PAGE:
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Matrix mechanics

Matrix mechanics
Matrix mechanics is a formulation of quantum mechanics created by Werner Heisenberg, Max Born, and Pascual Jordan in 1925. In some contrast to the wave formulation, it produces spectra of energy operators by purely algebraic, ladder operator, methods.[1] Relying on these methods, Pauli derived the hydrogen atom spectrum in 1926,[2] before the development of wave mechanics. Development of matrix mechanics[edit] In 1925, Werner Heisenberg, Max Born, and Pascual Jordan formulated the matrix mechanics representation of quantum mechanics. Epiphany at Helgoland[edit] In 1925 Werner Heisenberg was working in Göttingen on the problem of calculating the spectral lines of hydrogen. "It was about three o' clock at night when the final result of the calculation lay before me. The Three Fundamental Papers[edit] After Heisenberg returned to Göttingen, he showed Wolfgang Pauli his calculations, commenting at one point:[4] In the paper, Heisenberg formulated quantum theory without sharp electron orbits. W.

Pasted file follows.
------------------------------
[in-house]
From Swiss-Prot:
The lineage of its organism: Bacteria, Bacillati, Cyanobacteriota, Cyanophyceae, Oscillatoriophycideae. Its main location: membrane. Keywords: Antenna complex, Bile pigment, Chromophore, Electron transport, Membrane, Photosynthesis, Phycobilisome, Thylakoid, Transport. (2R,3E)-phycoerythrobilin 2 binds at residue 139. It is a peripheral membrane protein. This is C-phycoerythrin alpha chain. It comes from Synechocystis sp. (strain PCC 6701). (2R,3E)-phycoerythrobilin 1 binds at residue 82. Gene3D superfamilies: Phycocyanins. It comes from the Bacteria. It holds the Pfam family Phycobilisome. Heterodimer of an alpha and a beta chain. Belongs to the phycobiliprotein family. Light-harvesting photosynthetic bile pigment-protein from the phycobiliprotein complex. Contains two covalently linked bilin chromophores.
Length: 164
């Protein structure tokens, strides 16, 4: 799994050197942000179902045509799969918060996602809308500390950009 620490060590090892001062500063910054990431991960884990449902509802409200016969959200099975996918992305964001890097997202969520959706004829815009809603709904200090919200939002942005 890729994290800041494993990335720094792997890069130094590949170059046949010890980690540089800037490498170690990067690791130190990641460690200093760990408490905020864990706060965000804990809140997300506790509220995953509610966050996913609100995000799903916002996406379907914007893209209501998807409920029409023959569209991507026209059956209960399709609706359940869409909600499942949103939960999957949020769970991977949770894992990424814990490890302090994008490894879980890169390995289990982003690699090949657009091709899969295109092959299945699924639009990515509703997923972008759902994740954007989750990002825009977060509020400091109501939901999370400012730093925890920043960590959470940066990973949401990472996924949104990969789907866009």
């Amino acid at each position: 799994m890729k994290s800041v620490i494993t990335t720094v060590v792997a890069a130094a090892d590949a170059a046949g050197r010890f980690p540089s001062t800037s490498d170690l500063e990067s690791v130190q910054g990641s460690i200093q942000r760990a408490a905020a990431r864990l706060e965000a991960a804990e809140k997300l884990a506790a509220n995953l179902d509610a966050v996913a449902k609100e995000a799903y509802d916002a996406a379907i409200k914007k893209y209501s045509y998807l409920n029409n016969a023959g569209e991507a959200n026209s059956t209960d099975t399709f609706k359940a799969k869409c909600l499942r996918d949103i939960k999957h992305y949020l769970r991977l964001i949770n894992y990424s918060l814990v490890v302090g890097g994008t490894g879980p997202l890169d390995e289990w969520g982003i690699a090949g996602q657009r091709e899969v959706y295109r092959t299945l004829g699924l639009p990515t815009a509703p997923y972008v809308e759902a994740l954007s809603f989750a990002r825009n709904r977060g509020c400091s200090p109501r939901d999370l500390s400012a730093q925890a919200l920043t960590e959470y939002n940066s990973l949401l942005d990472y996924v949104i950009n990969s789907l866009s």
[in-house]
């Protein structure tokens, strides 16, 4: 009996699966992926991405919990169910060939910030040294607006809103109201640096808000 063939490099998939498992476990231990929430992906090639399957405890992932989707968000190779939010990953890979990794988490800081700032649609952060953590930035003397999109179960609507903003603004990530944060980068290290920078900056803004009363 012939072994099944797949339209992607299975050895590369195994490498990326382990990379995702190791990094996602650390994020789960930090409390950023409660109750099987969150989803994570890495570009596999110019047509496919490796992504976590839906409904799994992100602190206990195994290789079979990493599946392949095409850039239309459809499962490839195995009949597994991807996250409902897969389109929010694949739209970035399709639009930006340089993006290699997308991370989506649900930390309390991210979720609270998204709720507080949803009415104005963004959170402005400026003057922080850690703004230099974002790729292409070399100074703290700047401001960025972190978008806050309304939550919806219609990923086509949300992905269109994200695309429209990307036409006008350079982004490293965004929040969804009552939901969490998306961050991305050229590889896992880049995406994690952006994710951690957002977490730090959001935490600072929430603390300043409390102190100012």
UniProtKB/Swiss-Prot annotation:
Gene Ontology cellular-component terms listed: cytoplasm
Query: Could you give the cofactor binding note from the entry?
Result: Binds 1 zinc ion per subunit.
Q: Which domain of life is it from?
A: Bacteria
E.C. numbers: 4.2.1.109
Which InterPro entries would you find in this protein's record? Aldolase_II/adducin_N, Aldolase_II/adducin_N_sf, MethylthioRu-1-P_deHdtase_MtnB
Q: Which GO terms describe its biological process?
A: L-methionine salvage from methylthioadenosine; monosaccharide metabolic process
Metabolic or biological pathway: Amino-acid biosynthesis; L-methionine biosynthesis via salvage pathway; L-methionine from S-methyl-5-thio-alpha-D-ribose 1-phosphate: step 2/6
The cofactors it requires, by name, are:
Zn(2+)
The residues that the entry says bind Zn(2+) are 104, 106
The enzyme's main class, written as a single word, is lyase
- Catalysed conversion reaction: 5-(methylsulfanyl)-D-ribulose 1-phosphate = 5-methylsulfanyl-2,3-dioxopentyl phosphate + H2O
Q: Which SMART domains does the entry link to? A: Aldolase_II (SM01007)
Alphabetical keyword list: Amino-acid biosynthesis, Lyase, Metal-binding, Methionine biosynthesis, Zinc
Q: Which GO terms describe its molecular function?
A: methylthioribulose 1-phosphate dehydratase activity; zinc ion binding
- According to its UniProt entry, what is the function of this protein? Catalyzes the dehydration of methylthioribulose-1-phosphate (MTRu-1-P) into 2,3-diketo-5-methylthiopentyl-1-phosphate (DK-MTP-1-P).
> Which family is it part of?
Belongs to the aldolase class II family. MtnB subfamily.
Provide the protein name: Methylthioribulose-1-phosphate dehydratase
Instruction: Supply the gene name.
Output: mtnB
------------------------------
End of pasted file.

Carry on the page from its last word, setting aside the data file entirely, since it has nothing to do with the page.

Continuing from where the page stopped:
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Second death The second death is an eschatological concept in Judaism and Christianity related to punishment after a first, natural, death. Judaism[edit] Although the term is not found in the Hebrew Bible, Sysling in his study (1996) of Teḥiyyat ha-metim (Hebrew; "resurrection of the dead") in the Palestinian Targums identifies a consistent usage of the term "second death" in texts of the Second Temple period and early Rabbinical writings. In most cases this "second death" is identical with the judgment, following resurrection, in Gehinnom at the Last Day.[1] Targum Deuteronomy[edit] In Targum Neofiti (Neof.) and the fragments (FTP and FTV) the "second death" is the death the wicked die.[2]